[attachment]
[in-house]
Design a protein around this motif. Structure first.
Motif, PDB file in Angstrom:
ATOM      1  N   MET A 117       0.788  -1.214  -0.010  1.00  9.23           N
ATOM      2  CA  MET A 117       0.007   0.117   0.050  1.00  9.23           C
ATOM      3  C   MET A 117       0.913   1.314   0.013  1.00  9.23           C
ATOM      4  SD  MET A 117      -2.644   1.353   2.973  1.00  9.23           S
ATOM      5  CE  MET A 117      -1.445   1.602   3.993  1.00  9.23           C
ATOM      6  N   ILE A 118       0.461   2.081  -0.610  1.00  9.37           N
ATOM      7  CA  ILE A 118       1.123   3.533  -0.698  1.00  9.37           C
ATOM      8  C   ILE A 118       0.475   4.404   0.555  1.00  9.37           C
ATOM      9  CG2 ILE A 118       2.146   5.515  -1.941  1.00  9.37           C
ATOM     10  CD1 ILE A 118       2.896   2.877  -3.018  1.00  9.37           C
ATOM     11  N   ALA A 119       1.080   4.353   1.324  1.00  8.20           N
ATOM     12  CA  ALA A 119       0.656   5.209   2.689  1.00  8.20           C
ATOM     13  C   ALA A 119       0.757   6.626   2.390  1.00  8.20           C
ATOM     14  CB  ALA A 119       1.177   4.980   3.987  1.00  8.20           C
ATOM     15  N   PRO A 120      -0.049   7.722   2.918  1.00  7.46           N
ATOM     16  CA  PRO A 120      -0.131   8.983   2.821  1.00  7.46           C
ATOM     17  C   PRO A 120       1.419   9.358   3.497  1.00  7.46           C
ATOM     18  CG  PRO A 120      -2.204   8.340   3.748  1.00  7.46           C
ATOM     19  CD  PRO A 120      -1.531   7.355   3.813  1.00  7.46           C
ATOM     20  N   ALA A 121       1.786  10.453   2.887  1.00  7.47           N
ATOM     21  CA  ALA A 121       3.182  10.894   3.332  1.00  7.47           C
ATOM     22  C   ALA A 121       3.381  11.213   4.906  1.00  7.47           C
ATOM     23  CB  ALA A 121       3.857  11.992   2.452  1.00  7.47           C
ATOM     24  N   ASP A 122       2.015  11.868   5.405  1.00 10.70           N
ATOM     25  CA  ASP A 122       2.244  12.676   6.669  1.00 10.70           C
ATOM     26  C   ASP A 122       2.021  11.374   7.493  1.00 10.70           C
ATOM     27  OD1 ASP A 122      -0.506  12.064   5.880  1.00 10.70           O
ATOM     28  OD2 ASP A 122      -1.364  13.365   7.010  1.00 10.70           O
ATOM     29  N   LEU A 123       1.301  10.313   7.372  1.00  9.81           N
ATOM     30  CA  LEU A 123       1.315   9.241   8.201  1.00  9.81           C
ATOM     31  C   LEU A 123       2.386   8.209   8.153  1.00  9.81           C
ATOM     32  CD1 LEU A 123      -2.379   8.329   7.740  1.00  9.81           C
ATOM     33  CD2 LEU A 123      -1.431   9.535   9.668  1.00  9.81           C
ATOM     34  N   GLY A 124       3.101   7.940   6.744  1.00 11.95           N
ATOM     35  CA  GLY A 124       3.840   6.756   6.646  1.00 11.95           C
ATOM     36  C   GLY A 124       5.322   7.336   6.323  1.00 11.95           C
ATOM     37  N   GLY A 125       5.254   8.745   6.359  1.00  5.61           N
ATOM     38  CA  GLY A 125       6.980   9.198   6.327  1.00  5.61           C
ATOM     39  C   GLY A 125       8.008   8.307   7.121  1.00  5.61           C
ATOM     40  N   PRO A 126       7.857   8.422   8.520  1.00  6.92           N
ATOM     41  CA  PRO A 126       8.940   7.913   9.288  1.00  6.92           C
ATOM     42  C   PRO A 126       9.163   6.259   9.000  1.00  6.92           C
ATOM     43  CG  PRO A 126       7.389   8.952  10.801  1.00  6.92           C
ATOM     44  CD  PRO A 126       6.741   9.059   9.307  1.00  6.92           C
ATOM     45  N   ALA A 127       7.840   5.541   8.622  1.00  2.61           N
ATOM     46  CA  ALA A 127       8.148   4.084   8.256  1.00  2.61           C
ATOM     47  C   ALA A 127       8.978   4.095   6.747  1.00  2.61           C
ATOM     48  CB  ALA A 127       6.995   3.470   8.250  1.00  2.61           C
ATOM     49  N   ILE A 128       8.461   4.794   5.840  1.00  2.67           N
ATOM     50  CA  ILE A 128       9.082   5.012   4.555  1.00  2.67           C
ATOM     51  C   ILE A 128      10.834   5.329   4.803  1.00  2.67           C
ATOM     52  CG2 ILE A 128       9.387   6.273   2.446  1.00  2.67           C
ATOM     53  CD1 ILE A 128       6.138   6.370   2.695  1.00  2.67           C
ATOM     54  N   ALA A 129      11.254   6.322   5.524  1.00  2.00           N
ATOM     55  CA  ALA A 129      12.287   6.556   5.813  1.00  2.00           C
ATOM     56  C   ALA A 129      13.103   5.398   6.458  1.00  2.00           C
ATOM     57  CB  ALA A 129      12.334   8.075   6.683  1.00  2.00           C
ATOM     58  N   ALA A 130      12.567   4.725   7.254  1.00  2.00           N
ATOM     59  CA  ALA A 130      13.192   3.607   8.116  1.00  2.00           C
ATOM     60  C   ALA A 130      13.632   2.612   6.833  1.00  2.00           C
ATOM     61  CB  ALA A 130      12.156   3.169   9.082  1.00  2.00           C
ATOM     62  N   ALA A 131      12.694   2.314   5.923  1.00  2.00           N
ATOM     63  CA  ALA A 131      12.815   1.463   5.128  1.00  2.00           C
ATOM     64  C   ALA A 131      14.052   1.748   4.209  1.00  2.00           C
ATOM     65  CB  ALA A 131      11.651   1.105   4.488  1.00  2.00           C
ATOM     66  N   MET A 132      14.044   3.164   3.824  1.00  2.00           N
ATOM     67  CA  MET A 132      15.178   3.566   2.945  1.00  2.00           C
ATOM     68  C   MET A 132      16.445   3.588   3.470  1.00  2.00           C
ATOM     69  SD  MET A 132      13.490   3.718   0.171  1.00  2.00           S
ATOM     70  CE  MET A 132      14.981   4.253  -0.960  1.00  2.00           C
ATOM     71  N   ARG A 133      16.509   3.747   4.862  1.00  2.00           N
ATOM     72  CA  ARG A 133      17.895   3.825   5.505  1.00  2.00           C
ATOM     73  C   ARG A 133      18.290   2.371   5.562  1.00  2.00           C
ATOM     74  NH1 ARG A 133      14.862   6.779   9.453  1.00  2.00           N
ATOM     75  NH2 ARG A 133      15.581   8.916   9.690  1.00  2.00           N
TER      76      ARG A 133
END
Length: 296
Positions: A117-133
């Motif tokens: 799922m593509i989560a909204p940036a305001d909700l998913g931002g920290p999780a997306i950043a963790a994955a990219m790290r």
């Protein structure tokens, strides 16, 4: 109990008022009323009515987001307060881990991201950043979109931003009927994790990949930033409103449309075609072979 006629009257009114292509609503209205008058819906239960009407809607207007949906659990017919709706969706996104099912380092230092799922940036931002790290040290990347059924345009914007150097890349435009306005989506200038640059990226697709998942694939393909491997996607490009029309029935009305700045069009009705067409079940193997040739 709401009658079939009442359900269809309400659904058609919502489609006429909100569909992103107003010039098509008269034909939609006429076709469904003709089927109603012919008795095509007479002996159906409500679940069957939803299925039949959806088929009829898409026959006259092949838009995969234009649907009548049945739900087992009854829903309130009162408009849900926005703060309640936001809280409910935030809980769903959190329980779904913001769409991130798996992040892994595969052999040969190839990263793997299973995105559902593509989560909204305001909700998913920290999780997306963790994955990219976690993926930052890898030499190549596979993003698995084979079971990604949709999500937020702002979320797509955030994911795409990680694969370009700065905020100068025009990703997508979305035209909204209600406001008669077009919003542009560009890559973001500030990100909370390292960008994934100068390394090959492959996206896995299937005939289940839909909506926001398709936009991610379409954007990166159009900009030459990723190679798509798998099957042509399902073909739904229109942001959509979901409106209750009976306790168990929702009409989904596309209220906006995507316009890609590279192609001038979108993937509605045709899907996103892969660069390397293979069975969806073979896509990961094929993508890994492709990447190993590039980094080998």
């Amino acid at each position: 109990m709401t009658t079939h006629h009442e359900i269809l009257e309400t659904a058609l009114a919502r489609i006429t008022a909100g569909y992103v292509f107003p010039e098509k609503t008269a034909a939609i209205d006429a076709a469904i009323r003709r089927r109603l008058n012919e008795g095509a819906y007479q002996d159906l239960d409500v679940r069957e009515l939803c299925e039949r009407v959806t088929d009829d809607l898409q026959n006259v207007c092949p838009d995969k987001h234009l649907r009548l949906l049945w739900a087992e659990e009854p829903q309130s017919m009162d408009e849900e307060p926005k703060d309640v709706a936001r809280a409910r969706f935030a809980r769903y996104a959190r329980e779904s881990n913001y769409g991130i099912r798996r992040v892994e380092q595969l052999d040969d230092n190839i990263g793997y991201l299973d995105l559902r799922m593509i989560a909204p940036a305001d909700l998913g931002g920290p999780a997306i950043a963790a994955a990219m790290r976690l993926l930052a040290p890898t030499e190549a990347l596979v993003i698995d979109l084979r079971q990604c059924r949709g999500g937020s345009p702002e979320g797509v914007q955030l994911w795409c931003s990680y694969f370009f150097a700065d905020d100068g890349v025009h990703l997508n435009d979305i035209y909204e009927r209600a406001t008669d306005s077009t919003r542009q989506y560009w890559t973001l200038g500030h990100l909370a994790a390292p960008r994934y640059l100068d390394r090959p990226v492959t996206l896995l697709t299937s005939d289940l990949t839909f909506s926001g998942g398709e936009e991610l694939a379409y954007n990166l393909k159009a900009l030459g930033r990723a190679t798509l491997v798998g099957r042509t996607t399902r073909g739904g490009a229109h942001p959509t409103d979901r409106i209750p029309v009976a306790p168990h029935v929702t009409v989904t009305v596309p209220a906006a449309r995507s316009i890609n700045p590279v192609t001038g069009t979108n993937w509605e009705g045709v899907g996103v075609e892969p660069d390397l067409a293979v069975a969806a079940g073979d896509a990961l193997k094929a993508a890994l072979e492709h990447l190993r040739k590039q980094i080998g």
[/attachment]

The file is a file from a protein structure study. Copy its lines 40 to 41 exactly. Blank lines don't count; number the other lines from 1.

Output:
ATOM     37  N   GLY A 125       5.254   8.745   6.359  1.00  5.61           N
ATOM     38  CA  GLY A 125       6.980   9.198   6.327  1.00  5.61           C